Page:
BB claimed he had been the sole shareholder and director in C Ltd since its incorporation. He said he used the company from time to time as an investment vehicle for various projects unconnected with the parties’ divorce. Unfortunately, due to the absence of detailed company accounts for the early years of C Ltd’s operation, it was not possible to test this. There was also a total lack of any company bank statements, which BB withheld on the grounds of third party confidentiality.
Towards the end of 2016, the parties had made various proposals to each other to try to resolve their financial affairs. In October 2016, the wife asked for 50% of several companies owned by the husband. After receiving this proposal, the husband instructed his accountant to transfer to C Ltd all his shares (100%) in S Ltd. S Ltd was the company through he defrayed his personal living expenses in a tax efficient way by utilising corporate losses to offset the tax due on income he earned from other sources including from his position as director and CEO of F Ltd, and at the time of the transfer, S Ltd held $250,000 worth of options in F Ltd. This transfer resulted in C Ltd becoming the owner of all the companies in which the wife was seeking a 50% share. Roberts J had no doubt this ‘was a move which was designed to put them beyond her reach’ (see paragraph 94).
Ultimately, Roberts J had no doubt that ‘the husband retained an interest in the potential success of F Ltd throughout…notwithstanding his disposal of the S Ltd shares’ (see paragraph 93). Indeed, the husband himself admitted in October 2018 that he had retained operational control of S Ltd after BB took over its legal ownership. She reached the conclusion that ‘there was a clear agreement between the husband and BB that, once the original investors in F Ltd had been repaid and/or extracted their entitlement on any future sale, the husband would share with BB on a 50/50 basis any value accruing to C Ltd’ (see paragraph 96).
The wife sought declaratory relief in relation to the husband’s beneficial ownership of any remaining or residual value in F Ltd and the two remaining C Ltd companies. Roberts J accordingly made a declaration that the husband was, and had been, the beneficial owner of the shares in S Ltd since its incorporation in 2009, and that he was the beneficial owner of 50% of the value of the shares held in F Ltd, and three other C Ltd companies transferred to BB in 2019. However, there was no need to make further declarations in relation to C Ltd, because C Ltd no longer existed as a legal entity as it had been removed as an active company from the Hong Kong Companies Register.
The parties’ resources
Roberts J accepted that ‘for some considerable time, this husband has been living a fairly precarious ‘hand to mouth’ existence’. However, she asked ‘Is this all a contrived ‘front’ erected by him for the purposes of this litigation as a defence to his wife’s financial claims? Are others, on his behalf or for his benefit, holding significant funds or assets which he will recover from their safe-keeping after this litigation comes to an end?’ (see paragraph 103).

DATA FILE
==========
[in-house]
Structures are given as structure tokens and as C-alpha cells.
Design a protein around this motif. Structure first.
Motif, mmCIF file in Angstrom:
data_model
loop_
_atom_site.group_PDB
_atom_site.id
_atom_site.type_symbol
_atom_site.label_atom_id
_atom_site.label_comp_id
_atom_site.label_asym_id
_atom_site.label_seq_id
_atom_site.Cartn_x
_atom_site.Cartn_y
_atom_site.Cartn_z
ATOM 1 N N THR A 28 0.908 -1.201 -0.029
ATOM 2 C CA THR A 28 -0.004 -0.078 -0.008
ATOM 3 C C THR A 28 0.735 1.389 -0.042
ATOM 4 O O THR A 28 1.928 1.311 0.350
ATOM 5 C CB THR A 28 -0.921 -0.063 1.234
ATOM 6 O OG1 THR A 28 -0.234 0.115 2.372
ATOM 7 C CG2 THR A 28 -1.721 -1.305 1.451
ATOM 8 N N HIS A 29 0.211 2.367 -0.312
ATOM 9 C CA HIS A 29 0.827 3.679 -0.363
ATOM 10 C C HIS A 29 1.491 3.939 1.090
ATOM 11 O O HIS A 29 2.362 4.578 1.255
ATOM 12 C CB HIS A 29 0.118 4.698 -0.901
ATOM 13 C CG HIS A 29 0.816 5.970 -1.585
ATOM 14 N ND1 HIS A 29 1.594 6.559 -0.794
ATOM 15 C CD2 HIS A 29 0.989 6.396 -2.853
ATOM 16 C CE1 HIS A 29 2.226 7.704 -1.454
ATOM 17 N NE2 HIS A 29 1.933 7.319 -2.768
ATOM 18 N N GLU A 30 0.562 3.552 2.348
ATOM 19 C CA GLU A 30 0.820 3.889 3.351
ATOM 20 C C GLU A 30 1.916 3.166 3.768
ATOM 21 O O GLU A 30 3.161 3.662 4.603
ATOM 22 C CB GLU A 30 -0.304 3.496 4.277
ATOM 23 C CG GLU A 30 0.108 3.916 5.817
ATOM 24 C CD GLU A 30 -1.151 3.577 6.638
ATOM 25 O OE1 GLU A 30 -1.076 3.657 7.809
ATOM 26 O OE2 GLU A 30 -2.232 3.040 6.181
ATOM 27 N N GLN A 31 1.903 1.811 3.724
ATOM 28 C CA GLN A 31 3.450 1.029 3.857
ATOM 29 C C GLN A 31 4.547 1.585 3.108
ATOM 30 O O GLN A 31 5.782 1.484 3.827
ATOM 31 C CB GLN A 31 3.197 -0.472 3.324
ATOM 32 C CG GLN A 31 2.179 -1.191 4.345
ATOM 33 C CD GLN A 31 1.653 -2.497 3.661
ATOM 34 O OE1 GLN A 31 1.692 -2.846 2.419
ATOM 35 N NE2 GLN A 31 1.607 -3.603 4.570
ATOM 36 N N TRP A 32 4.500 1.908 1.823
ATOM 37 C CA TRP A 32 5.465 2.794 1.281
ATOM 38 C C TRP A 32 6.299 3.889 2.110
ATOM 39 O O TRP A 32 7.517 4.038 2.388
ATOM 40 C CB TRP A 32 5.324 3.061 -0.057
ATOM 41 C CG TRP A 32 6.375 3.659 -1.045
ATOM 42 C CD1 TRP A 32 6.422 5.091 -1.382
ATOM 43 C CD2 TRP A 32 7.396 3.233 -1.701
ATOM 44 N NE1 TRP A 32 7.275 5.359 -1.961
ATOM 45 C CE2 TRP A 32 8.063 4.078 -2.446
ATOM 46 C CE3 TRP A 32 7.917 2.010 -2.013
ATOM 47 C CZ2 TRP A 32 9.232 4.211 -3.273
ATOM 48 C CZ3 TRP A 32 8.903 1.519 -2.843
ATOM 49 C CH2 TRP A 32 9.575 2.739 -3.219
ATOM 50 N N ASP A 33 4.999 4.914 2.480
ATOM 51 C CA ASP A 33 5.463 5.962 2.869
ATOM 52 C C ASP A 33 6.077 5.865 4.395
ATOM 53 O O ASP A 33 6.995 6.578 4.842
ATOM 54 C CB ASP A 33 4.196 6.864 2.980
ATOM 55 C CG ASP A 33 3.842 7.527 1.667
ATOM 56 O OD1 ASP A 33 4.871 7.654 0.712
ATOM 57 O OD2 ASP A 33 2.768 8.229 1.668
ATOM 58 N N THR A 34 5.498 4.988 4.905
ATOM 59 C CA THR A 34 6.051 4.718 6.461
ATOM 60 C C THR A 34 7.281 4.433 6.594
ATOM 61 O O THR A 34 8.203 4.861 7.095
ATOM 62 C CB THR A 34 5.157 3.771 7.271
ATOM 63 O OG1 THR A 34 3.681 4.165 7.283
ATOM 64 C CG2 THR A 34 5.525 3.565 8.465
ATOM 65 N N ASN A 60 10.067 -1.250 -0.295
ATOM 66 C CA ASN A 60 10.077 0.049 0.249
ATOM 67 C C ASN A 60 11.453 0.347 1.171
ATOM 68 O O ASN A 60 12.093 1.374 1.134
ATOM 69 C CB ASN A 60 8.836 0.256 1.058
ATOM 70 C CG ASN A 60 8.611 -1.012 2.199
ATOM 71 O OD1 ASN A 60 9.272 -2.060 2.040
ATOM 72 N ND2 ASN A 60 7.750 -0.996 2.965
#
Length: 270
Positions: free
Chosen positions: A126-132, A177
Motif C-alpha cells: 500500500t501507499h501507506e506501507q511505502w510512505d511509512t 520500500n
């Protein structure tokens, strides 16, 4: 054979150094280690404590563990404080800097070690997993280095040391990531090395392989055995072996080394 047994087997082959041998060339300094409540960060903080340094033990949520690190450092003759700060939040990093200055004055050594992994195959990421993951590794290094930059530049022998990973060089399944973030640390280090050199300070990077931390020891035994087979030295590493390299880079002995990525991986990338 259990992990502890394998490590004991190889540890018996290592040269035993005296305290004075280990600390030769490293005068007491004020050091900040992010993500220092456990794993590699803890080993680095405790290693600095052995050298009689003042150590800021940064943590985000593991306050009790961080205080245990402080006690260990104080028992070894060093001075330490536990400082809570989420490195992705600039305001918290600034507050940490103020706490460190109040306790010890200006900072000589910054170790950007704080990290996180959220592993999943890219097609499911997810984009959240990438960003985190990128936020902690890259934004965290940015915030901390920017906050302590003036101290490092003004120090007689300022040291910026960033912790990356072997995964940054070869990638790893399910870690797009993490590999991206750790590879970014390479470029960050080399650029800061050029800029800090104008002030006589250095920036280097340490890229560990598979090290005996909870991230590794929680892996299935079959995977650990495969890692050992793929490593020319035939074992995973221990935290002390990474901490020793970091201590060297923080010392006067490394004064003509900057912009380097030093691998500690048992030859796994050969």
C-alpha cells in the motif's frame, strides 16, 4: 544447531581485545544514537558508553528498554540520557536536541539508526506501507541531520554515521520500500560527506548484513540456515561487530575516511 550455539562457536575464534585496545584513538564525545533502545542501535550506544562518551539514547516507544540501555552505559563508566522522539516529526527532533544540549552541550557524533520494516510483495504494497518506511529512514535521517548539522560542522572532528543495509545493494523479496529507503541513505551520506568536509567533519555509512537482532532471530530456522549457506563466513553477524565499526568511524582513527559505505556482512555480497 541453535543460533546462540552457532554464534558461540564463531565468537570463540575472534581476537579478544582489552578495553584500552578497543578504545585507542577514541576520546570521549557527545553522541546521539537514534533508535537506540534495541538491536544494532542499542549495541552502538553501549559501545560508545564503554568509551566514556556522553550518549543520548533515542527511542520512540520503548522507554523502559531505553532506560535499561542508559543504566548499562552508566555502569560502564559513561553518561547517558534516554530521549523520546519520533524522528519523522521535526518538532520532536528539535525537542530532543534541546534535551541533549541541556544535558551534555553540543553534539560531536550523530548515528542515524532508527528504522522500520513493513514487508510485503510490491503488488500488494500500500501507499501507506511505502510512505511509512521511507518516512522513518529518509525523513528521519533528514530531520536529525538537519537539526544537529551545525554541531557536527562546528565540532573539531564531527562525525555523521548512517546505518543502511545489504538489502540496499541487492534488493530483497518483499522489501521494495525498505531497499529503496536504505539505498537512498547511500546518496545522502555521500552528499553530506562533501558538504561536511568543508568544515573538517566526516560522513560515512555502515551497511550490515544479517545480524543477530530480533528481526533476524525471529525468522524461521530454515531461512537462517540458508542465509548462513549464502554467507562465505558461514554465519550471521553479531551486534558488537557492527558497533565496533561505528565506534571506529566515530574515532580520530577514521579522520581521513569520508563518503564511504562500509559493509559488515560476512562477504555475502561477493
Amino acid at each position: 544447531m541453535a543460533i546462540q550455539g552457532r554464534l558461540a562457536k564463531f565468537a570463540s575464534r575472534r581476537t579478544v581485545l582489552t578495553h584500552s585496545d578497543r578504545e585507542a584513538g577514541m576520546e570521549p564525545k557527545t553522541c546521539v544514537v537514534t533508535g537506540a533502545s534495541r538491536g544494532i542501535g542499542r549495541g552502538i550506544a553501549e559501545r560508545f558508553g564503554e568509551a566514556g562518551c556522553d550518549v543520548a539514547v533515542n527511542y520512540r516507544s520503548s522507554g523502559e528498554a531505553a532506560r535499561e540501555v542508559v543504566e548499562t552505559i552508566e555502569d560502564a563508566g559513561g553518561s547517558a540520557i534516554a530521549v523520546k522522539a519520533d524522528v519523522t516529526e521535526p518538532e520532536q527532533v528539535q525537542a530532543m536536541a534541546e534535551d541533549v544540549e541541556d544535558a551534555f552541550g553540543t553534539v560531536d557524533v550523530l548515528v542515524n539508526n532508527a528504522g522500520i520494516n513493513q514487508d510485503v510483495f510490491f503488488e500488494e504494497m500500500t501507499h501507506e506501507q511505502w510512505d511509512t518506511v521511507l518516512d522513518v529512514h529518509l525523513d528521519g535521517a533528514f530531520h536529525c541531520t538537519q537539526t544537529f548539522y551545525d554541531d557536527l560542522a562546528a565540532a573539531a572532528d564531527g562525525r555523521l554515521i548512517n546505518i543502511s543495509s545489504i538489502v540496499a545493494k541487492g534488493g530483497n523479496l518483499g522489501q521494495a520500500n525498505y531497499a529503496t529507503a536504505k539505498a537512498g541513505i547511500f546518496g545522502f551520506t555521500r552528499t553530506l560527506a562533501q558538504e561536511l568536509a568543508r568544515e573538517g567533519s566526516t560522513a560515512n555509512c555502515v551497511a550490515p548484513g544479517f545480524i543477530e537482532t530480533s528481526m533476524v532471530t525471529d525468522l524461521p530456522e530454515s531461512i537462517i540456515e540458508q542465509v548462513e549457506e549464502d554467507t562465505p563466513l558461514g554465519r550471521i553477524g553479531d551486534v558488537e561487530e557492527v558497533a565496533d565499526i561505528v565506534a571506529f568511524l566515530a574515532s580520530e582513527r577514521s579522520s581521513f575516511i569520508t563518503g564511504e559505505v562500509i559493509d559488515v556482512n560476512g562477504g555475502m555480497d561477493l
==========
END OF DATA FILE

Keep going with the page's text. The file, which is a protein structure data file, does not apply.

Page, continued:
The wife’s financial position was as follows:
- Cash in Monaco bank accounts in the sum of just under £524,000 – however, she would need to demonstrate liquidity of €500,000 to maintain her residence in Monaco.
- R Investment funds with a combined value of £125,000.
- Personal chattels worth £35,000.
- £446,000 owed to HSBC, plus small credit card debts.
- Just under £477,000 owed to two friends.
- Pensions worth a total of £60,594.
The husband’s financial position was as follows:
- A negligible balance in his bank accounts.
- A balance of £22,204 in one spread-betting account, offset by a greater liability in another.
- Personal possessions which did ‘not amount to much’ (see paragraph 107).
- A cash balance of c. £8000 left over from the sale of wine the husband owned and which the court had directed should be sold to meet the wife’s legal costs.
- Although he was owed £489,353 by S Ltd, Roberts J found it could not be treated as a realisable asset.
- A pension with James Hay worth £135,452.
- A pension with Zurich Assurance worth just over £306,000.
The wife contended that the court should treat any residual value in shares in F Ltd held by BB through C Ltd, or in any other companies previously owned by C Ltd, as assets of the husband. However, since all the companies to which she could point were in liquidation, it seemed ‘very unlikely on the basis of the present evidence that any of these assets will produce liquid cash in the foreseeable future such as will make any material difference to the wife’s financial claims and her need for a home and an ongoing income stream’ (see paragraph 110).